What are the Causes of Separation Anxiety in children?

It is a misconception that only children who are young and in their babyhood phase suffer from separation anxiety.

Such anxiety might be a cause of moving from one house to another, getting into a new school, traumatic events in their lives such as the death of a pet or a family member or even a particularly taxing disease.

Separation anxiety can also be passed on genetically as the kids whose family members have a history of anxiety tend to be more prone towards anxiety that other kids normally would be.

Last but not the least, if you are overprotective as a parent, you need to brace yourself for the fact that your child will be anxious whenever you leave him alone.

What can You do to Reduce the Risks of Separation Anxiety in Your Child?

  • Take them to different places such as their grandmother’s house or the day care. Give them the permission to bring along a favorite toy or a blanket. As they grow familiar with other people and different surroundings, they would learn to cope up with separation.
  • Whenever you part from your child, leave them with the assurance that you two will be meeting soon enough.
  • If you wish to make your child transition from your care to that of a babysitter, you must first let them spend some time alone together.
  • You can play peek-a-boo to let them know that even if they can’t see you, you will always be there for them.
  • Reward them when you get reunited by spending some quality time with them, reading their favorite book or playing a game with them.
  • Don’t stay back whenever your baby starts crying but rather kiss them and hand them over to their caregiver. If you start comforting them, they will resort to this tactic always so as to keep you close to themselves.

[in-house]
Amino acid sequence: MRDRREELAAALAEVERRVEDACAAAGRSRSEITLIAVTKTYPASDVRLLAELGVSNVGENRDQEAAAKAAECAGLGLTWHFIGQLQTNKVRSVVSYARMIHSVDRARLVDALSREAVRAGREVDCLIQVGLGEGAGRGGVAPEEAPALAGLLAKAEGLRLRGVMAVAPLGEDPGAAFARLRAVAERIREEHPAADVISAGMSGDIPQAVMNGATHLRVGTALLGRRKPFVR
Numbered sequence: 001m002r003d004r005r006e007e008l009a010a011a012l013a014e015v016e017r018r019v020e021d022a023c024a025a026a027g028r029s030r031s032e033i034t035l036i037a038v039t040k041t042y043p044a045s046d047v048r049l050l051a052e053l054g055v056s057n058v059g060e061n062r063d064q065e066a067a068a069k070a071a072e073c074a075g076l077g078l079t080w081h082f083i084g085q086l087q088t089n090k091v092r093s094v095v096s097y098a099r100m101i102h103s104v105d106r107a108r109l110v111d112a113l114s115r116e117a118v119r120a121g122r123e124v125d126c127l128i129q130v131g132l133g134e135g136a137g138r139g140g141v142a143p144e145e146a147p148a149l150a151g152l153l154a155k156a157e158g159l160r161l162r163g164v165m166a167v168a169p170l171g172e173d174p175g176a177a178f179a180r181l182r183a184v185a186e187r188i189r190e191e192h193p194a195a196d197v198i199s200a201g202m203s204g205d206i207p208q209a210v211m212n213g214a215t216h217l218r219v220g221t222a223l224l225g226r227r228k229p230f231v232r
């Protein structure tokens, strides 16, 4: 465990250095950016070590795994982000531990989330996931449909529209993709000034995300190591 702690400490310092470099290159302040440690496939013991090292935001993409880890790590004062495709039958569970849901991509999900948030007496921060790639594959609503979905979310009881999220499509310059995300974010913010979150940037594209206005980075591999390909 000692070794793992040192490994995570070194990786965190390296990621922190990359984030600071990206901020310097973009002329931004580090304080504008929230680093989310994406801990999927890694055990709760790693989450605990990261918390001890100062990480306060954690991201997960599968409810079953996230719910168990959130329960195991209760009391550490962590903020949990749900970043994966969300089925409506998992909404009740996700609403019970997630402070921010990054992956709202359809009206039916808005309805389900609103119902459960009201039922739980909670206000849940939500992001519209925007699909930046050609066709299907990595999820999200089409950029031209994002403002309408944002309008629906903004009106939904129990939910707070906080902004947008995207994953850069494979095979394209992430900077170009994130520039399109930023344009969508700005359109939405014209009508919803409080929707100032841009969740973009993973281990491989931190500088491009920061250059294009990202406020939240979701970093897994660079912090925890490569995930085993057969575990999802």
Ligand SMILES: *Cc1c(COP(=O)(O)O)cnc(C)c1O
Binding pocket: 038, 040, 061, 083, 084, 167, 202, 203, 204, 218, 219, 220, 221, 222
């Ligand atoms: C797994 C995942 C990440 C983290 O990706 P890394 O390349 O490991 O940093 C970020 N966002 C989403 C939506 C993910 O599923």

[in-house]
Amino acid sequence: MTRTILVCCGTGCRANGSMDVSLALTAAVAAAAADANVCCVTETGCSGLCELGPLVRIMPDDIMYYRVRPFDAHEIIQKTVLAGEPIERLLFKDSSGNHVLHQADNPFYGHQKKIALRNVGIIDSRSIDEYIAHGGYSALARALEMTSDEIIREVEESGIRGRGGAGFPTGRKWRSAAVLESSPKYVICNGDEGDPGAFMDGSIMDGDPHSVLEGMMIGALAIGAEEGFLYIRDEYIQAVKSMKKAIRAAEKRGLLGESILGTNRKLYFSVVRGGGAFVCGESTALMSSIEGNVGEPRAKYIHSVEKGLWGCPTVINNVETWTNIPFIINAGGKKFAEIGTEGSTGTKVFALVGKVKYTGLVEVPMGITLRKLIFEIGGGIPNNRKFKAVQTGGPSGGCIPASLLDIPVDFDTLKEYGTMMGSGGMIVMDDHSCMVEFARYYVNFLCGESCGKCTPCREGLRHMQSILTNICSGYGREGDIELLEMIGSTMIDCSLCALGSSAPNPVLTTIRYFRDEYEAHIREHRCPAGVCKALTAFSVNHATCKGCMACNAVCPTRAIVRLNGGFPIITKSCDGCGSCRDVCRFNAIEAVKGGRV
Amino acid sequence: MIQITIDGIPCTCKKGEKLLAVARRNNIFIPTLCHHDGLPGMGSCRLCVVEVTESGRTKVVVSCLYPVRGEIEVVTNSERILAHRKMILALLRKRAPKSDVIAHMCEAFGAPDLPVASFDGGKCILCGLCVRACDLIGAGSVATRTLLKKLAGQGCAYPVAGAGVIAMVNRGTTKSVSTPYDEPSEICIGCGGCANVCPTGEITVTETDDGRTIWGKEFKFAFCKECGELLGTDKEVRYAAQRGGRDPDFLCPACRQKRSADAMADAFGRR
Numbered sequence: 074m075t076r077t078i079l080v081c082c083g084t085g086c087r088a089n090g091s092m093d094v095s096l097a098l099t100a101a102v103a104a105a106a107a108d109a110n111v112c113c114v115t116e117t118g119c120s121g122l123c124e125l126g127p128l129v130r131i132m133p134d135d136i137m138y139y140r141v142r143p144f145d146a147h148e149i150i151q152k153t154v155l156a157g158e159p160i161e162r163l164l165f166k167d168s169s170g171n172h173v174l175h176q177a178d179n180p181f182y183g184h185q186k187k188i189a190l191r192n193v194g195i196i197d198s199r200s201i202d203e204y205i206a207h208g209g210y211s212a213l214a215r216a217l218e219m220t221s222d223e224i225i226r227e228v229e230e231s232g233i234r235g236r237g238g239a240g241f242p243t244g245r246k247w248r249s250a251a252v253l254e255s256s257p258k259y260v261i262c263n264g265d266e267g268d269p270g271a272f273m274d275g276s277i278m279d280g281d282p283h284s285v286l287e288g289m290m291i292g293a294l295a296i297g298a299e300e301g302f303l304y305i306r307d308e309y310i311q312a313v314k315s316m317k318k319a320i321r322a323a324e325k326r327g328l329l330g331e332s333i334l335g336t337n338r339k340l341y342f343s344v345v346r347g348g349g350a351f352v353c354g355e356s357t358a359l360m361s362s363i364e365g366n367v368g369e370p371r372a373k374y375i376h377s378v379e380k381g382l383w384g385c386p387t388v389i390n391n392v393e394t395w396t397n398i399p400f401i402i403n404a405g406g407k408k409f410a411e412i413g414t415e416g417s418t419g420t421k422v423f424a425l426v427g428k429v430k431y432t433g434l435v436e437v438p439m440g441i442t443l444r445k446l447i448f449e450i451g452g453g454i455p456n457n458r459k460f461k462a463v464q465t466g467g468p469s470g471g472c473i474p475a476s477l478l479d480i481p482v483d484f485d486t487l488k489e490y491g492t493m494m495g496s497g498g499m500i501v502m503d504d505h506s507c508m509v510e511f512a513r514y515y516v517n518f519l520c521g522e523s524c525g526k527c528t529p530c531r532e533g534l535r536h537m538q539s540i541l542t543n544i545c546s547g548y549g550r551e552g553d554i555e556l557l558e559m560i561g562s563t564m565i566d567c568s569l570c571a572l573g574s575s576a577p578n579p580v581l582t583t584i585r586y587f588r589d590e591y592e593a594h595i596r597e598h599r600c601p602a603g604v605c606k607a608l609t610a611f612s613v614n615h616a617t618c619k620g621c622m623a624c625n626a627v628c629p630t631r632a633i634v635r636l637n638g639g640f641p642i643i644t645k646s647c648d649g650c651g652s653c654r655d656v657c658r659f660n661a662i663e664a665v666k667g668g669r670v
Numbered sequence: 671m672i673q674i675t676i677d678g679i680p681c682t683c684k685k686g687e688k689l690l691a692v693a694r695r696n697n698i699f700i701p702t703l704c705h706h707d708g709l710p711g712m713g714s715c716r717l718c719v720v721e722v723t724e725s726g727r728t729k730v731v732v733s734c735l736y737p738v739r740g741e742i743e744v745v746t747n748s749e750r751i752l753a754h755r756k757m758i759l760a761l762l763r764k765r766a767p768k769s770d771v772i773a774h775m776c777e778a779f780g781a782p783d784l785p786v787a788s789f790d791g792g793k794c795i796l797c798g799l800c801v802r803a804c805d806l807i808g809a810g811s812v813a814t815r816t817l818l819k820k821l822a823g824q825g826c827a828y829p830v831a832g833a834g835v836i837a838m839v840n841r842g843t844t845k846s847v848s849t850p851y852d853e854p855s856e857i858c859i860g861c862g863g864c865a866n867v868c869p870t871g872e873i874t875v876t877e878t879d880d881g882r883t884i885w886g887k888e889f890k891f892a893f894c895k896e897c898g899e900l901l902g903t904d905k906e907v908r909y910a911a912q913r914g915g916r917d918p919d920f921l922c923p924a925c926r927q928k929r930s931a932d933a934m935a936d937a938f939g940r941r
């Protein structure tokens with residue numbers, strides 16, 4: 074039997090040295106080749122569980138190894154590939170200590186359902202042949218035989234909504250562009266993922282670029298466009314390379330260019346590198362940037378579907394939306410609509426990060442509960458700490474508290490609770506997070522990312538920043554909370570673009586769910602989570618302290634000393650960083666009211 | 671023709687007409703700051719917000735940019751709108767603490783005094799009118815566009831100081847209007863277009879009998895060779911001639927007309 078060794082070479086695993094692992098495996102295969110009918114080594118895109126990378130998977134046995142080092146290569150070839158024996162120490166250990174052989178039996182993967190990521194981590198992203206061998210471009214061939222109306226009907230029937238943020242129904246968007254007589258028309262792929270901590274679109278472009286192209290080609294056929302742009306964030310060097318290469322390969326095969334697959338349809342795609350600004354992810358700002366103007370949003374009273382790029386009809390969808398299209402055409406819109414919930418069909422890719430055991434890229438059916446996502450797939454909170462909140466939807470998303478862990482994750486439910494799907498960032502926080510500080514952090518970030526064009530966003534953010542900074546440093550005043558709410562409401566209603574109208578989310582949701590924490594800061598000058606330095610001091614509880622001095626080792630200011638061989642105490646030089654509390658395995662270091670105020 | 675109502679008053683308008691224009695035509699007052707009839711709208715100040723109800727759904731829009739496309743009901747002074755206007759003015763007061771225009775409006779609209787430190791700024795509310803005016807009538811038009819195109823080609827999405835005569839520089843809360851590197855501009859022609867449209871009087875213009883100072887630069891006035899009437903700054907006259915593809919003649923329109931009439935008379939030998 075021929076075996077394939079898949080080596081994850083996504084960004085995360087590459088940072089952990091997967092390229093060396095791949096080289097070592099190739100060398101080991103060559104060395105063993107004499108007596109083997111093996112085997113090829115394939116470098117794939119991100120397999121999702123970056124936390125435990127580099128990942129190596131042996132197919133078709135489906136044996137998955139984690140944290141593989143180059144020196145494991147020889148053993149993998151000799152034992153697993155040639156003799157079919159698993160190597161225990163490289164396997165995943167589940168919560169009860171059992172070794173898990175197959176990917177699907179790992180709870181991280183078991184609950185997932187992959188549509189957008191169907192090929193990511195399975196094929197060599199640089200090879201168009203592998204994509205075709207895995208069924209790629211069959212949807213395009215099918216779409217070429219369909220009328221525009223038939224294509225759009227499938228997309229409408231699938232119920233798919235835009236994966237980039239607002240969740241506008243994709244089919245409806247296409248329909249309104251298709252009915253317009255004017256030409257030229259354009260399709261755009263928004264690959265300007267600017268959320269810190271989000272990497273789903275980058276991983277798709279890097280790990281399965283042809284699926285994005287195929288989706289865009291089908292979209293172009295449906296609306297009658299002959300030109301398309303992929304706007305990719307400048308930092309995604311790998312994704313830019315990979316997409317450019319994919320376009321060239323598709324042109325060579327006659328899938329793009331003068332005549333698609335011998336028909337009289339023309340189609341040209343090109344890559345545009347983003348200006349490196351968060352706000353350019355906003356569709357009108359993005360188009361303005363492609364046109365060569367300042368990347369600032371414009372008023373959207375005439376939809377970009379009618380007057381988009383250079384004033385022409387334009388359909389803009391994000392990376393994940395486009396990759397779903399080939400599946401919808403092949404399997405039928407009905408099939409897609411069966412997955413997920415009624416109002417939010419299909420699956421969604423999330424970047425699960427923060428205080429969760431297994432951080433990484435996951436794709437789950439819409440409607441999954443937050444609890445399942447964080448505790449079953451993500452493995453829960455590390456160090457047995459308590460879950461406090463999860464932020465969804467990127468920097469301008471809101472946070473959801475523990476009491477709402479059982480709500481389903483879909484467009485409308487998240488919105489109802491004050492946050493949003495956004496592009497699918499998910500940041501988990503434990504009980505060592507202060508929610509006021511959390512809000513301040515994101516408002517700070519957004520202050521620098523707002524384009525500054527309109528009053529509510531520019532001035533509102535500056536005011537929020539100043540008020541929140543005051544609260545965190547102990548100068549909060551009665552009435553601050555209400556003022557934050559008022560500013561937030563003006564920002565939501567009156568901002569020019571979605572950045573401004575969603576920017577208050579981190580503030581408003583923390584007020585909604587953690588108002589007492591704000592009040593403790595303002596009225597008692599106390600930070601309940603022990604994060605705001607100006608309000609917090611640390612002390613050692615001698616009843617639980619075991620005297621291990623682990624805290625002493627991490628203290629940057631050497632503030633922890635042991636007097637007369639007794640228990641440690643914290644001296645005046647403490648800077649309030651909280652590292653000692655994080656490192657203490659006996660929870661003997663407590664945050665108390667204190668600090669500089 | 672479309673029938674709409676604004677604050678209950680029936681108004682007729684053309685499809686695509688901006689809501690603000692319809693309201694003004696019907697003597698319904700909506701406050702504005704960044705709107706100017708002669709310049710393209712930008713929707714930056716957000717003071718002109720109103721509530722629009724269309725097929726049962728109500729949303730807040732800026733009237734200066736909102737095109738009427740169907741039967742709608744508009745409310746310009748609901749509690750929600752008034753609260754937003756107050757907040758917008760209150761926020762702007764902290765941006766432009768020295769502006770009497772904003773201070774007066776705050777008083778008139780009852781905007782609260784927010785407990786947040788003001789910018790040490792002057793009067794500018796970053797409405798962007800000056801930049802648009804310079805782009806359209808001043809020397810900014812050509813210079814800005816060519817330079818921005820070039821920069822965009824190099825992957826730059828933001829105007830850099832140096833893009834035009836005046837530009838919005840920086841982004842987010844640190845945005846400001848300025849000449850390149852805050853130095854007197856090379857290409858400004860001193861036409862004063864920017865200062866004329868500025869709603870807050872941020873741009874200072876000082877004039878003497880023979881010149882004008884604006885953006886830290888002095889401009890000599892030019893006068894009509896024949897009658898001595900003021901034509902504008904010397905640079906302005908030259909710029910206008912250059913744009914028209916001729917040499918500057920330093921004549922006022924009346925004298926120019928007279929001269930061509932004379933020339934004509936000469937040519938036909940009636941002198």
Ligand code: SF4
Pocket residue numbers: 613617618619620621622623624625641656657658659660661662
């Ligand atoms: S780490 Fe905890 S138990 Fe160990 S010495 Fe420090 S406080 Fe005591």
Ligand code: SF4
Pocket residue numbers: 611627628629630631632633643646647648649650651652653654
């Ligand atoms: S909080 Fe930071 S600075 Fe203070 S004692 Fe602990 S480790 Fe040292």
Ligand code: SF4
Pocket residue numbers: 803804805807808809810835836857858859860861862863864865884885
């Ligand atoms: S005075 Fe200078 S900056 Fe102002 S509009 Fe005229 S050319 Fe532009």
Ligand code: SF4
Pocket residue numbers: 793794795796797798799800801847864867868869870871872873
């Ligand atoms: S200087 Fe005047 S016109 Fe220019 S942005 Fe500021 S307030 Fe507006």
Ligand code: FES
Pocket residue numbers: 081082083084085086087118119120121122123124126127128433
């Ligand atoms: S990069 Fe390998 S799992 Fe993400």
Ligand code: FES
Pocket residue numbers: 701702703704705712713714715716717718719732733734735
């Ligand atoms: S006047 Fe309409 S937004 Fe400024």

• Finally, try to minimize separation as much as possible since they are kids and need to depend on someone even if they don’t suffer from separation anxiety.

Do all the Kids have Separation Anxiety or is it Limited to Some Specific Kinds of Children?

Yes, they do. It might be hard for you as a parent to digest the fact that your sweet child can be suffering from something as horrific as separation anxiety but as soon as you accept it, the better.

It takes a lot of time for babies to learn ‘object permanence’ or the idea that even if they can’t see it, an object can be there in the periphery of their vision all the time. Similarly, children begin to get stressed when they see that their parents are not there anymore.

It takes time for them to learn that no one is going to leave them and that even if they can’t see you, you are somewhere out there. Give them time and they will quickly cross the threshold of this phase of anxiety with some help from you.

Your child would eventually grow up and wouldn’t need you any longer. Be patient with them while they learn to deal with their separation anxiety and treasure the precious moments together!

What do you think?

0 points

Total votes: 0

Upvotes: 0

Upvotes percentage: 0.000000%

Downvotes: 0

Downvotes percentage: 0.000000%


Leave a Reply

Your email address will not be published. Required fields are marked *





Things Extremely Important for a Breastfeeding Mother


Exercise for Kids – A Guide!